Filled with unforgettable characters and prose as radiant as the Sinaloan sun, Into the Beautiful North is the story of an irresistible young woman's quest to find herself on both sides of the fence.

 photo by Joe Maz

photo by Joe Maz

Hailed by NPR as a “literary badass” and a “master storyteller with a rock and roll heart,” Luis Alberto Urrea is a prolific and acclaimed writer who uses his dual-culture life experiences to explore greater themes of love, loss and triumph.

A 2005 Pulitzer Prize finalist for nonfiction and member of the Latino Literature Hall of Fame, Urrea is the critically acclaimed and best-selling author of 17 books, winning numerous awards for his poetry, fiction and essays. Born in Tijuana to a Mexican father and American mother, Urrea is most recognized as a border writer, though he says, “I am more interested in bridges, not borders.”  

His newest book, The House of Broken Angels, is a novel of an American family, which happens to be from Mexico. Angel de la Cruz knows this is his last birthday and he wants to gather his progeny for a final fiesta. The novel will be released in March 2018.

Last year, Urrea won an American Academy of Arts and Letters Fiction award and his collection of short stories, The Water Museum, was a finalist for the 2016 PEN-Faulkner Award and was named a best book of the year by The Washington Post and Kirkus Reviews, among others. Into the Beautiful North, his 2009 a novel, is a Big Read selection by the National Endowment of the Arts and has been chosen by more than 50 different cities and colleges as a community read. The Devil’s Highway, Urrea’s 2004 non-fiction account of a group of Mexican immigrants lost in the Arizona desert, won the Lannan Literary Award and was a finalist for the Pulitzer Prize and the Pacific Rim Kiriyama Prize. The Hummingbird’s Daughter, his 2005 historical novel, tells the story of Urrea’s great-aunt Teresa Urrea, sometimes known as the Saint of Cabora and the Mexican Joan of Arc. The book, which involved 20 years of research and writing, won the Kiriyama Prize in fiction and, along with The Devil’s Highway, was named a best book of the year by many publications.

In all, more than 100 cities and colleges have chosen Into the Beautiful North, The Devil’s Highway or The Hummingbird’s Daughter (or another Urrea book) for a community read.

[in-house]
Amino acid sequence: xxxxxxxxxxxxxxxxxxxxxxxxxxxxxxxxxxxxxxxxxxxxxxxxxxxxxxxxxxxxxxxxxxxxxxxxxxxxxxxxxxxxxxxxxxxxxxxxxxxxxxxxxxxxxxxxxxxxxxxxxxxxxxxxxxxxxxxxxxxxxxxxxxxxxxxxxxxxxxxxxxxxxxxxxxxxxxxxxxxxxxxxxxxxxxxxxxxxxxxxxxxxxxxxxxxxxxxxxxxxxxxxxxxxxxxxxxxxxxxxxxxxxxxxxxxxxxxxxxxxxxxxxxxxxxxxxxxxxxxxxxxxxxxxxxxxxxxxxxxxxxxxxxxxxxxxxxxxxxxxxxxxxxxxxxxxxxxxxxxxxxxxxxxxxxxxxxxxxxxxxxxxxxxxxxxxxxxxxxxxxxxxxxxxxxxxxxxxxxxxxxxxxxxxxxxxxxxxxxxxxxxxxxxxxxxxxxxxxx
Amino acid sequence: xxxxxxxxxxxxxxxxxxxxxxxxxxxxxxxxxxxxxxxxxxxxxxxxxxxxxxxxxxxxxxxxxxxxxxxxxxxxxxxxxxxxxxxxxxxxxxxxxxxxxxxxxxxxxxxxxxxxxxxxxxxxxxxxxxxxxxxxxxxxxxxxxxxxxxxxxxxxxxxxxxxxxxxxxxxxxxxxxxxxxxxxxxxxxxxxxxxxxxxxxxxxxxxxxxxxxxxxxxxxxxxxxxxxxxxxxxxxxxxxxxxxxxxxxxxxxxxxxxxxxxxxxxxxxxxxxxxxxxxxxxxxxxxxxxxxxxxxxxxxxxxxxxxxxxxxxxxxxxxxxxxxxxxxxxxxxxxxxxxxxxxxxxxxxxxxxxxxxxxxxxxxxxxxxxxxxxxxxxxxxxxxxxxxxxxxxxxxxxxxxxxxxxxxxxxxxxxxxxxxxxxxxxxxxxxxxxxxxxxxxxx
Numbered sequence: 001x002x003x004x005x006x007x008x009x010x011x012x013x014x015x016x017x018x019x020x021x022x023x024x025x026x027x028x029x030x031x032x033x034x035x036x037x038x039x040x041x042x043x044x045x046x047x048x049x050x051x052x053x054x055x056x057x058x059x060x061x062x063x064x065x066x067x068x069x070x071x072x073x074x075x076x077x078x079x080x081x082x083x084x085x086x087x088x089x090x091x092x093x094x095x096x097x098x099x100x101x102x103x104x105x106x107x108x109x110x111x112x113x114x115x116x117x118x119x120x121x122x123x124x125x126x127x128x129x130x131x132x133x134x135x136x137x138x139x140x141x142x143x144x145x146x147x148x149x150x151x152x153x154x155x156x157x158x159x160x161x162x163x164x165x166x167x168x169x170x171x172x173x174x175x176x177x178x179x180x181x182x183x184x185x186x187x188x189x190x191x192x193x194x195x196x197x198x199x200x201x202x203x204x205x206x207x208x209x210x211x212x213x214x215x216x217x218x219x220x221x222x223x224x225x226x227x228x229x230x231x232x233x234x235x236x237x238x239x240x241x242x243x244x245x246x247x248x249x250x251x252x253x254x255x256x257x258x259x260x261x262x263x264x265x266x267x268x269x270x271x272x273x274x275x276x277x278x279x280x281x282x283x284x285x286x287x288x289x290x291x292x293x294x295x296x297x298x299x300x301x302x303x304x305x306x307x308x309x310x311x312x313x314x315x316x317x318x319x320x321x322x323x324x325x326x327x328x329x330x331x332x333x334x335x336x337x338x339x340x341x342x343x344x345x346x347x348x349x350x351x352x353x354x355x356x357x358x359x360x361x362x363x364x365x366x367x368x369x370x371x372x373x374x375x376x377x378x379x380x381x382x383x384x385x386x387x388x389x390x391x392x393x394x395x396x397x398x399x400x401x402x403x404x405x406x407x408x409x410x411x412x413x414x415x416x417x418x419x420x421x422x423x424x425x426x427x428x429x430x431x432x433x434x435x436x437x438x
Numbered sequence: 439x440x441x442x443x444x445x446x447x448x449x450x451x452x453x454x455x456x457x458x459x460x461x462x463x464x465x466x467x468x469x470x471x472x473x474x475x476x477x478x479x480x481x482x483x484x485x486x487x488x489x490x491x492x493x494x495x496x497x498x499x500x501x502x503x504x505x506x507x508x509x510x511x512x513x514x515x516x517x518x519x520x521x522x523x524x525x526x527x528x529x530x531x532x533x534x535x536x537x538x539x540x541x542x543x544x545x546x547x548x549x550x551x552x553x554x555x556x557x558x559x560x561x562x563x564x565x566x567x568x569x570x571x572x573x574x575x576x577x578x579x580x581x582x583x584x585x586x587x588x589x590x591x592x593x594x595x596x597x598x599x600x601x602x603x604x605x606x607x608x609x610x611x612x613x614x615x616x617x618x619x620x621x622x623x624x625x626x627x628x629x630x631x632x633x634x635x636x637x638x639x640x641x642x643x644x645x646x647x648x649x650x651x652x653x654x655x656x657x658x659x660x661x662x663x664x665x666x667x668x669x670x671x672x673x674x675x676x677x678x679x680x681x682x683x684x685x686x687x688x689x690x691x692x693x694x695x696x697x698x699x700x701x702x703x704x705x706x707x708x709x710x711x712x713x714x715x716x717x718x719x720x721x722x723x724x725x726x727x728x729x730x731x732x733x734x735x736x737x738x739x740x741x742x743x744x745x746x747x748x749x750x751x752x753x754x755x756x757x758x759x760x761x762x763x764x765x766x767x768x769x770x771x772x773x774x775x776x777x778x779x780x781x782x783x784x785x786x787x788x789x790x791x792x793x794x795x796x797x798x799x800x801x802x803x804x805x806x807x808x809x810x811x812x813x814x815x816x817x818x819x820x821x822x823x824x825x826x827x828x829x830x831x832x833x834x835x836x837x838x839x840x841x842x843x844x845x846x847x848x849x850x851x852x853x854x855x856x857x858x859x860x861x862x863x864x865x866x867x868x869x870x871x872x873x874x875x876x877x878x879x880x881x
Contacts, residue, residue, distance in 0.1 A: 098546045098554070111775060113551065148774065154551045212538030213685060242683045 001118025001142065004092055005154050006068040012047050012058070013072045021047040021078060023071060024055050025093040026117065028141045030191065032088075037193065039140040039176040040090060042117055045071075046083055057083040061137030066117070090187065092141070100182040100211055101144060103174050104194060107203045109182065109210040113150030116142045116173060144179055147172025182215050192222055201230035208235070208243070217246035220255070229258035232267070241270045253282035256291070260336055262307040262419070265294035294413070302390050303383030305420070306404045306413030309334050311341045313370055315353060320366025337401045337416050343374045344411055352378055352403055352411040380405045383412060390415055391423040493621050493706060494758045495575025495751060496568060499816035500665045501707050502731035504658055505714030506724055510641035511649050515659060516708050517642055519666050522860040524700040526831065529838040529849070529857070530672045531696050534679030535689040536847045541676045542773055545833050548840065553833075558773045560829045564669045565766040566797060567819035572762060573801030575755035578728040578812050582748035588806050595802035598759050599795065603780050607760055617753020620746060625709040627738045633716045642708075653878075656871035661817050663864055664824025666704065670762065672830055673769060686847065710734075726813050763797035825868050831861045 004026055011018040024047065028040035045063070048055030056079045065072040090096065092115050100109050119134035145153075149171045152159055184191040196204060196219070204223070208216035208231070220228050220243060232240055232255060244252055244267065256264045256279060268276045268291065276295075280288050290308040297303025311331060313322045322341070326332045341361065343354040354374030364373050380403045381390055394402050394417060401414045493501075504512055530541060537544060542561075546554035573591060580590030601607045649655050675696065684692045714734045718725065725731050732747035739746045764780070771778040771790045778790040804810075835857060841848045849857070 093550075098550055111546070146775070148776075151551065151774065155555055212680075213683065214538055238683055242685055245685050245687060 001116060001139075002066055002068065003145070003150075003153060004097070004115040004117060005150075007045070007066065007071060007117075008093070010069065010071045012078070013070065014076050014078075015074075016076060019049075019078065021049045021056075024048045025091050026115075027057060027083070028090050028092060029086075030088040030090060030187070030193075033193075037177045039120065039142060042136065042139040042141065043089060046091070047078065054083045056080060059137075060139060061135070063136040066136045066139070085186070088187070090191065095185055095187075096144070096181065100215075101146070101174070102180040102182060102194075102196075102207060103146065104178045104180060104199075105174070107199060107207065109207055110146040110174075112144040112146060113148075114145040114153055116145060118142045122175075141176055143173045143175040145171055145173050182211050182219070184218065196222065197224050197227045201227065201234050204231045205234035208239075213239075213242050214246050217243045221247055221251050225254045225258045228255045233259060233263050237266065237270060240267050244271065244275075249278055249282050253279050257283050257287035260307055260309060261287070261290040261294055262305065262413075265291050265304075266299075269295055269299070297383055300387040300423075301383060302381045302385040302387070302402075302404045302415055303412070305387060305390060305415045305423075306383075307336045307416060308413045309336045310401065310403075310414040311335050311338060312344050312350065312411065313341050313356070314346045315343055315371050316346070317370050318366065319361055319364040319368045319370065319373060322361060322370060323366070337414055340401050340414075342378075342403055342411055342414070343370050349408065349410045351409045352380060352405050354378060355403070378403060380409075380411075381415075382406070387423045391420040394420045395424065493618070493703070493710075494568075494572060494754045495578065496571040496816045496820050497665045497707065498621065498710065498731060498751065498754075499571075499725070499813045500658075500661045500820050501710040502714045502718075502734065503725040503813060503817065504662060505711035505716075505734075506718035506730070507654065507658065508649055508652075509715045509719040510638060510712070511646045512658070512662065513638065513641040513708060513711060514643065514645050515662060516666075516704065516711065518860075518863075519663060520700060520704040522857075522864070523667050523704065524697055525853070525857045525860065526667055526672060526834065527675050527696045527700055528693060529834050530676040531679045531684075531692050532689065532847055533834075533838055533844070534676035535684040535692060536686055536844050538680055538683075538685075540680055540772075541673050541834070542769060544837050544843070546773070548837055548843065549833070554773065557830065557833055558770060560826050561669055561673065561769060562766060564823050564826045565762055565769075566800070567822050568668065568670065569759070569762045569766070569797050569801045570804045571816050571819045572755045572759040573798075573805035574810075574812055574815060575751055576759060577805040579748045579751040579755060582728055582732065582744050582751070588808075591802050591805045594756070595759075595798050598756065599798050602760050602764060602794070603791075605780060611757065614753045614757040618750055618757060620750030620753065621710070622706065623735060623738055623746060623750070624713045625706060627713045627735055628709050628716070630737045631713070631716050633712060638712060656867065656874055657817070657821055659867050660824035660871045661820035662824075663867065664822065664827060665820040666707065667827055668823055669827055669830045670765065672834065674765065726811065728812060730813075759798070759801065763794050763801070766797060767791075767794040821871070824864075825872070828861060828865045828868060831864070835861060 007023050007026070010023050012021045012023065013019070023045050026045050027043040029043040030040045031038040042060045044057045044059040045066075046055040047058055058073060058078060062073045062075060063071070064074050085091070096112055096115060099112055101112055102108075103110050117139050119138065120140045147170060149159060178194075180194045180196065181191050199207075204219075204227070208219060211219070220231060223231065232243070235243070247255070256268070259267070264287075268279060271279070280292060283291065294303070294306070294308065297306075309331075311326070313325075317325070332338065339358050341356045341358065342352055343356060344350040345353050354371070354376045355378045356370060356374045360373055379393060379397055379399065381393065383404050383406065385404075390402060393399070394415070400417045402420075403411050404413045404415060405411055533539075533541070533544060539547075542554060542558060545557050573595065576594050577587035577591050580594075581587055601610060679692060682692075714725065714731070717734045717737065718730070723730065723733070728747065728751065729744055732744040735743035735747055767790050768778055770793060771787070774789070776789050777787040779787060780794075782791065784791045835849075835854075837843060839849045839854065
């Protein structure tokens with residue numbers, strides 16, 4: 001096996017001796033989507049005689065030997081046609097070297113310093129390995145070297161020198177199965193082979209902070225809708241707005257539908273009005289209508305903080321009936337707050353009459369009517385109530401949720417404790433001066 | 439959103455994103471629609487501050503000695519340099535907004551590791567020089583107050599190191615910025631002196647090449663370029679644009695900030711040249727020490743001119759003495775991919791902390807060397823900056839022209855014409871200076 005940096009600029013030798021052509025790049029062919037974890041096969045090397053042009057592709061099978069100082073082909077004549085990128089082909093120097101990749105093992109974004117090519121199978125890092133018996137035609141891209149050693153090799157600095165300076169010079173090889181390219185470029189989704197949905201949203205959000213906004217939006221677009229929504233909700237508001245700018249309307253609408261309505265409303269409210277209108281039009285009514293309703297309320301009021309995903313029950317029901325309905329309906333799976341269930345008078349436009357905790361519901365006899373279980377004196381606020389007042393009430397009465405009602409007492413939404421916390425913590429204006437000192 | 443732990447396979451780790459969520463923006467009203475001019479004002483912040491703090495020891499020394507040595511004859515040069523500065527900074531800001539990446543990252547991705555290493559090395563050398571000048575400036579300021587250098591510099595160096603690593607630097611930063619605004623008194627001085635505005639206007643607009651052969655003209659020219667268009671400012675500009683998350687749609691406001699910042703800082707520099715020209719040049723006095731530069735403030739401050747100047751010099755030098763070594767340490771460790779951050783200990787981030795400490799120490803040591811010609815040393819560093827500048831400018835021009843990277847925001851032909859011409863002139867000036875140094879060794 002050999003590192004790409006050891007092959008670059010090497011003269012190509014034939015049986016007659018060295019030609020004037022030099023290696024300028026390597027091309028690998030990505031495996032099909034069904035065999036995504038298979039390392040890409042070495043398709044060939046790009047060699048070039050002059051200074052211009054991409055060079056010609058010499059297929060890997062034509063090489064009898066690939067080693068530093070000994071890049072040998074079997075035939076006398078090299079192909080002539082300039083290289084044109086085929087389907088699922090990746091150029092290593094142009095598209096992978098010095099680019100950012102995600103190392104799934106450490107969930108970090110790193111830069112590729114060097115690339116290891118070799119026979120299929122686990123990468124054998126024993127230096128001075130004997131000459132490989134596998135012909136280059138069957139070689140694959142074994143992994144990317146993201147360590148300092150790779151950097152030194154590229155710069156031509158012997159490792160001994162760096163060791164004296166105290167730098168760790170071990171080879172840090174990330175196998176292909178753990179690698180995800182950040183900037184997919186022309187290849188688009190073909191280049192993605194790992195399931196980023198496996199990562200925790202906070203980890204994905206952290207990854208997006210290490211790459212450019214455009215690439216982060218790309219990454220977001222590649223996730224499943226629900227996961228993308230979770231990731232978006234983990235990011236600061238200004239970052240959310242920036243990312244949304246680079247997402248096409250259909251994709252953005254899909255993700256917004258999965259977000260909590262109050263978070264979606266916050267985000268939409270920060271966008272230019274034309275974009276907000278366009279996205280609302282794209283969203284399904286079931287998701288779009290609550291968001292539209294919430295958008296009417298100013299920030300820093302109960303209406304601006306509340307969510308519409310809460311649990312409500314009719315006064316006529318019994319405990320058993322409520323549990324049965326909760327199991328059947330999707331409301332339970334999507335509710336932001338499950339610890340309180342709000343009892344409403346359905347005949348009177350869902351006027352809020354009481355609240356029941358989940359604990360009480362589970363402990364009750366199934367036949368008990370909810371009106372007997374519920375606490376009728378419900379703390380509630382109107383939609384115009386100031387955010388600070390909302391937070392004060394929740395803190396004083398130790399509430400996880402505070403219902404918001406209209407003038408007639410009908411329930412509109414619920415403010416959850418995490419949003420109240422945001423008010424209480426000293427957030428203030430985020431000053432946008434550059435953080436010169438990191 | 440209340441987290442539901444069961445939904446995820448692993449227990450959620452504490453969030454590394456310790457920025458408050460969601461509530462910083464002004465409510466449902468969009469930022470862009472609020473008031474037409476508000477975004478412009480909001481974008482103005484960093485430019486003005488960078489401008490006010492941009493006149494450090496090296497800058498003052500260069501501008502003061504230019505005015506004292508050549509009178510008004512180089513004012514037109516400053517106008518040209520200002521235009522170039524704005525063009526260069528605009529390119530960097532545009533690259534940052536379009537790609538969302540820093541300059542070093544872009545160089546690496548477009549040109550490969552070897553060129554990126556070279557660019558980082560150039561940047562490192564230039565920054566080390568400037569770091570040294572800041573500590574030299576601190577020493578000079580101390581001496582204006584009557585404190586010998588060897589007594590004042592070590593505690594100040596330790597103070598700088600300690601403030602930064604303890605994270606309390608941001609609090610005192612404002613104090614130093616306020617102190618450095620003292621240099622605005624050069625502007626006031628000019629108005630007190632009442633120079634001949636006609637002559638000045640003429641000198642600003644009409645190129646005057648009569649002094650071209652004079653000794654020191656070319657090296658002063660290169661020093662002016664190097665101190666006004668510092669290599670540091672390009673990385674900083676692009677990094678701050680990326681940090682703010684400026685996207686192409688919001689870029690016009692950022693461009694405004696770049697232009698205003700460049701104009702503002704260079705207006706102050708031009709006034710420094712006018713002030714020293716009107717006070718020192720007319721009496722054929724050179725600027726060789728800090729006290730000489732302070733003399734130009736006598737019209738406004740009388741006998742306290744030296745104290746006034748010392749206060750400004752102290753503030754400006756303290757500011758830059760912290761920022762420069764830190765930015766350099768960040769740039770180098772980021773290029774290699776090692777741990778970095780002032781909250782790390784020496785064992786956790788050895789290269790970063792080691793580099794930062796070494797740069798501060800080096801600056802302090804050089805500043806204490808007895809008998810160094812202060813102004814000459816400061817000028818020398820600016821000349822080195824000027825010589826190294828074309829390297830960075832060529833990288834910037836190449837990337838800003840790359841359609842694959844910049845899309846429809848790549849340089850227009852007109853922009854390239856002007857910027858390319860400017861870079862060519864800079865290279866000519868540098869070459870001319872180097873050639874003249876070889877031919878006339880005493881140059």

Urrea has also won an Edgar award from the Mystery Writers of America for best short story (2009, “Amapola” in Phoenix Noir and featured in The Water Museum). Into the Beautiful North earned a citation of excellent from the American Library Association Rainbow’s Project. Urrea’s first book, Across the Wire, was named a New York Times Notable Book and won the Christopher Award. Urrea also won a 1999 American Book Award for his memoir, Nobody’s Son: Notes from an American Lifeand in 2000, he was voted into the Latino Literature Hall of Fame following the publication of Vatos. His book of short stories, Six Kinds of Sky, was named the 2002 small-press Book of the Year in fiction by the editors of ForeWord magazine. He has also won a Western States Book Award in poetry for The Fever of Being and was in the 1996 Best American Poetry collection. Urrea’s other titles include By the Lake of Sleeping ChildrenIn Search of Snow, Ghost Sickness and Wandering Time.

Urrea attended the University of California at San Diego, earning an undergraduate degree in writing, and did his graduate studies at the University of Colorado-Boulder.

After serving as a relief worker in Tijuana and a film extra and columnist-editor-cartoonist for several publications, Urrea moved to Boston where he taught expository writing and fiction workshops at Harvard. He also taught at the University of Louisiana-Lafayette.

Urrea lives with his family in Naperville, IL, where he is a distinguished professor of creative writing at the University of Illinois-Chicago.